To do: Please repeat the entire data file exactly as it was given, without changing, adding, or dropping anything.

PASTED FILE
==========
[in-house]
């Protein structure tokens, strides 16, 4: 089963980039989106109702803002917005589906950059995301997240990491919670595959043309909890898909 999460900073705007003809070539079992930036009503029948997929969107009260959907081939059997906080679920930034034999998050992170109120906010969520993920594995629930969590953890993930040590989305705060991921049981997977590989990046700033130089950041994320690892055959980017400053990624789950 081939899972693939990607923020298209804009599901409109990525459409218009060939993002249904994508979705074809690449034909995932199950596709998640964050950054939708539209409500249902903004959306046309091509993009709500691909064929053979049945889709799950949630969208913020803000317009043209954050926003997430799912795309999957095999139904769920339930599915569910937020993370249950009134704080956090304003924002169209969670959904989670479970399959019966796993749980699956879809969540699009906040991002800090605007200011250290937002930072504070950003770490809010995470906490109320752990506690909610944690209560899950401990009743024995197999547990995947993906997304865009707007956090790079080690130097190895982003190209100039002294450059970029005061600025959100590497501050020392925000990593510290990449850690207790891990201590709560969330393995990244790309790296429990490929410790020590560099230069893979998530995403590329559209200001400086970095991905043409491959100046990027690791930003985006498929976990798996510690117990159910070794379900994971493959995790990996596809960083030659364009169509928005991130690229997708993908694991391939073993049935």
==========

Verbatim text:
[in-house]
């Protein structure tokens, strides 16, 4: 089963980039989106109702803002917005589906950059995301997240990491919670595959043309909890898909 999460900073705007003809070539079992930036009503029948997929969107009260959907081939059997906080679920930034034999998050992170109120906010969520993920594995629930969590953890993930040590989305705060991921049981997977590989990046700033130089950041994320690892055959980017400053990624789950 081939899972693939990607923020298209804009599901409109990525459409218009060939993002249904994508979705074809690449034909995932199950596709998640964050950054939708539209409500249902903004959306046309091509993009709500691909064929053979049945889709799950949630969208913020803000317009043209954050926003997430799912795309999957095999139904769920339930599915569910937020993370249950009134704080956090304003924002169209969670959904989670479970399959019966796993749980699956879809969540699009906040991002800090605007200011250290937002930072504070950003770490809010995470906490109320752990506690909610944690209560899950401990009743024995197999547990995947993906997304865009707007956090790079080690130097190895982003190209100039002294450059970029005061600025959100590497501050020392925000990593510290990449850690207790891990201590709560969330393995990244790309790296429990490929410790020590560099230069893979998530995403590329559209200001400086970095991905043409491959100046990027690791930003985006498929976990798996510690117990159910070794379900994971493959995790990996596809960083030659364009169509928005991130690229997708993908694991391939073993049935």